There were several decisions to make while approaching how best to develop After loads of research, I chose Volusion for the website because of it’s balance of value and price (we’re bootstrapping after all). I had previously designed and coded my own websites but I was impressed with the professional look of Volusion’s templates and I had the site up in less than a week. Additionally, we use PayPal for payment processing.

Marketing is a lot like baking a cake without a recipe. The first dozen cakes are probably going to taste like wet, brown flour, but then you accidentally add that secret ingredient and WHAM! it’s the best cake you’ve ever tasted. Marketing is nearly all guess and check. There are general principles, but everyone has a different strategy and unique products need unique marketing.

In my experience, online advertising is not for the bootstrapping entrepreneur. It may work fabulously for established brands or products with money to spend upfront, but guerilla marketing has given me much more success. I went back to the basics. I sent samples to reporters and bloggers. I requested their feedback and genuinely did not expect a good review, article or blogpost. I’ve always felt that transparency is the best approach. I think pushing bloggers or reporters to do what you want, when you want is a great way to burn a relationship, get a bad review or get no review at all. Additionally, I researched shoe stores, learned about their market and approached the owners individually to see if Boot Buddie would be a good fit for their store. Establishing long-lasting relationships is well worth the effort at the beginning. It’s a slow process, but in the end it is very rewarding.

Health History Software launches in January 2012. In preparation for our launch next year, the first 500 visitors to sign up at will receive a full year of the service free. Health History Software will provide you the medical information you need, securely and when you need it.

If a retiree needs to make sure he’s taken all his medication at breakfast, he can just check off his pills on his iPhone. If a patient gets to the dentist and forgot the name and address of her primary care doctor, it’s there on her BlackBerry. If a mom takes her son to a new pediatrician and forgot if he had received a booster shot, she can quickly check on her Android. It’s that easy — information you need, when you need it, delivered to you securely.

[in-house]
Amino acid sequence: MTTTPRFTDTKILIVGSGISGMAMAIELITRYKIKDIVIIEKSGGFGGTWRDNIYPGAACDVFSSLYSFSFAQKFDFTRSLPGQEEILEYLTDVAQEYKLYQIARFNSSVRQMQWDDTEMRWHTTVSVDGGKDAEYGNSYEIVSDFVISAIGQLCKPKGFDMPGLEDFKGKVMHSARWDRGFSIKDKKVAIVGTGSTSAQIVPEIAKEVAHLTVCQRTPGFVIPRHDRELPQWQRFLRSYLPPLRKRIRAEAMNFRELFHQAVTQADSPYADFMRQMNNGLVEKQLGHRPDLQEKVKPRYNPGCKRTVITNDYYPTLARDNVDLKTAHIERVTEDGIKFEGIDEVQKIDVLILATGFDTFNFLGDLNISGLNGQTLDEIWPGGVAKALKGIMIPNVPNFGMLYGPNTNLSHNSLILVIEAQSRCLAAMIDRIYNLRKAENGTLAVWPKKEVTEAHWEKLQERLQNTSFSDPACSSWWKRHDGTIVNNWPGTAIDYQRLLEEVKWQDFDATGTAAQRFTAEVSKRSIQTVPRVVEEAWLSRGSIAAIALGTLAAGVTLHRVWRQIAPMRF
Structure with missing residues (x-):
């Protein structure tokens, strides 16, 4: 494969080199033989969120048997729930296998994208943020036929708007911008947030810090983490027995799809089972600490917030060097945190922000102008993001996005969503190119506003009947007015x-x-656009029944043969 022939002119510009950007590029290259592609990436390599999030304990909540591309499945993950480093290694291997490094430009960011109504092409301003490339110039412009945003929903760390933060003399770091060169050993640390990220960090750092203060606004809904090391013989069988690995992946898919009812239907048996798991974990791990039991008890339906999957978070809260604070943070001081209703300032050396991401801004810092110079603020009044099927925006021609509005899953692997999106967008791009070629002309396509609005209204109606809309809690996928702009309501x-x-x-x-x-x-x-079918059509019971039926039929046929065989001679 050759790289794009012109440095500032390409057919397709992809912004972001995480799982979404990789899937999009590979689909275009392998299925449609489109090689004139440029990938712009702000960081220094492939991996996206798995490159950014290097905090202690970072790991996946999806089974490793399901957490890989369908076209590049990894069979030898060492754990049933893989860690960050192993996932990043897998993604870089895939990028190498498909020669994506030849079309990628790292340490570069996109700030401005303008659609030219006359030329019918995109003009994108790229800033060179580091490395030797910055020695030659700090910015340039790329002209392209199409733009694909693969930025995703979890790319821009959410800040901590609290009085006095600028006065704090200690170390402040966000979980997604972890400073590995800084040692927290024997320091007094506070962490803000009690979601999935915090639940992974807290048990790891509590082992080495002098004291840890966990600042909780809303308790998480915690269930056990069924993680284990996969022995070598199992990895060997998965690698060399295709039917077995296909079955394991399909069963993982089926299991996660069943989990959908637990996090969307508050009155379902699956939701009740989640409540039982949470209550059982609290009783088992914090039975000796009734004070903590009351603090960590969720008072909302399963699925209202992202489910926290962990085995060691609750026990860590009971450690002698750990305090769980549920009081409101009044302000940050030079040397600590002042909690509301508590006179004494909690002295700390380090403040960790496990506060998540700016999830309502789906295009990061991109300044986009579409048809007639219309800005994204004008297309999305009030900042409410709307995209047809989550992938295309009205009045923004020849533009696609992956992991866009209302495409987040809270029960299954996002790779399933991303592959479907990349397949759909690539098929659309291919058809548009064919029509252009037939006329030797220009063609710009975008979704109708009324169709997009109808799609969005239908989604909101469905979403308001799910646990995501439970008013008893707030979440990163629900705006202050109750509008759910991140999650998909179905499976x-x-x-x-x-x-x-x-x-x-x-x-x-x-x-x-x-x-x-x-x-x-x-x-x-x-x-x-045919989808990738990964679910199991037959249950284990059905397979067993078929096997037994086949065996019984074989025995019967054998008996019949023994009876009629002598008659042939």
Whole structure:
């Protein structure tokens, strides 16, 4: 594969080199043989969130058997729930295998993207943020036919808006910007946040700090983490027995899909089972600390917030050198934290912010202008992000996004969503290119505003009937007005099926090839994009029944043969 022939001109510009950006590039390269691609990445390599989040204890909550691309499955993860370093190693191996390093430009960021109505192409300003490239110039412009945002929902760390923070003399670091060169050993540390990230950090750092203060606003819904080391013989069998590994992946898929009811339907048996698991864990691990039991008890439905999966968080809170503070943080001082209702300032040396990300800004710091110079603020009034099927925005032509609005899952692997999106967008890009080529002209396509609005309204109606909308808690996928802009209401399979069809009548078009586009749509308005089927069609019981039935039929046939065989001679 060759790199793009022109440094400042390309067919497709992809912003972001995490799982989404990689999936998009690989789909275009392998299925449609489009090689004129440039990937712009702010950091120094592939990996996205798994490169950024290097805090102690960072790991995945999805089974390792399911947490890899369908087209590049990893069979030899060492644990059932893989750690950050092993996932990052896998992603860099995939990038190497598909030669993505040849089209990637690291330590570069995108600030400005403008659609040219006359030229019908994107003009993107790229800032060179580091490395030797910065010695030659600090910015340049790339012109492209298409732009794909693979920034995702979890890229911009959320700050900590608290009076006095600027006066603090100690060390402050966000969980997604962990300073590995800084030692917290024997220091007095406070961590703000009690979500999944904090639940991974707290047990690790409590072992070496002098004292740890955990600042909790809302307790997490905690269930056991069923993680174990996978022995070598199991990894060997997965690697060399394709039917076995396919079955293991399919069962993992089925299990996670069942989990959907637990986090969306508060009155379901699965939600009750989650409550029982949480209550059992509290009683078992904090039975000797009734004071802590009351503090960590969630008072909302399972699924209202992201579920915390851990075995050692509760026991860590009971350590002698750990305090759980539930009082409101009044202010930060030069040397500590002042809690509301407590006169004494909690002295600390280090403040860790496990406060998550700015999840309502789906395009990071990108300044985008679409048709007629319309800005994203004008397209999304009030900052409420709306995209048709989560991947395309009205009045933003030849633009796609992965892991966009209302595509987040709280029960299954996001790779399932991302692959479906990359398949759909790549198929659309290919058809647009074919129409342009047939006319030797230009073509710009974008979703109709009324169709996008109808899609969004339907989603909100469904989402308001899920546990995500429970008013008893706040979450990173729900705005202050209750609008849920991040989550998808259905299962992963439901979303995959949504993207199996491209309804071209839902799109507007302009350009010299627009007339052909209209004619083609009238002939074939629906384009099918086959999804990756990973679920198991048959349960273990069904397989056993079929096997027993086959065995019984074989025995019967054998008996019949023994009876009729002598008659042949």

The challenging part of building a smartphone and web application is the upfront investment. It takes a lot of time and work to code the backend software for the website and application. We take security very seriously and believe that no one should have access to your medical data except for you. Jon is creating an application that absolutely protects your privacy. The investment has been well worth it and we’re thrilled to launch Health History Software in a few months.

Losing friends, gaining partners

The last lesson I learned was this: not everyone gets what you’re doing and not everyone believes in you. Many of my friends didn’t like my ideas and didn’t understand what I was doing. It hurt me at my core and it wounded my self-confidence in my business. I pushed through it and gave no weight to their words. I learned to believe in myself and to not depend on the approval of others. The funny thing was the more I believed in myself, the more they believed in me. The average person would never dream of doing what we do. The average person doesn’t understand the amount of blood, sweat and tears it takes to get a business off the ground. So stop only talking to average people. Find the entrepreneurs in your life. They’re there, believe me. They may not be currently bootstrapping, but they have ideas and they have dreams. Those people are the ones that will give you legitimate feedback and will encourage you through the rough patches.

Nothing is quite like bootstrapping a startup. It’s challenges are unique and difficult, but an entrepreneur’s life contains more opportunities, more value and more freedom than a corporate job ever will. Besides, who wants to be average anyway?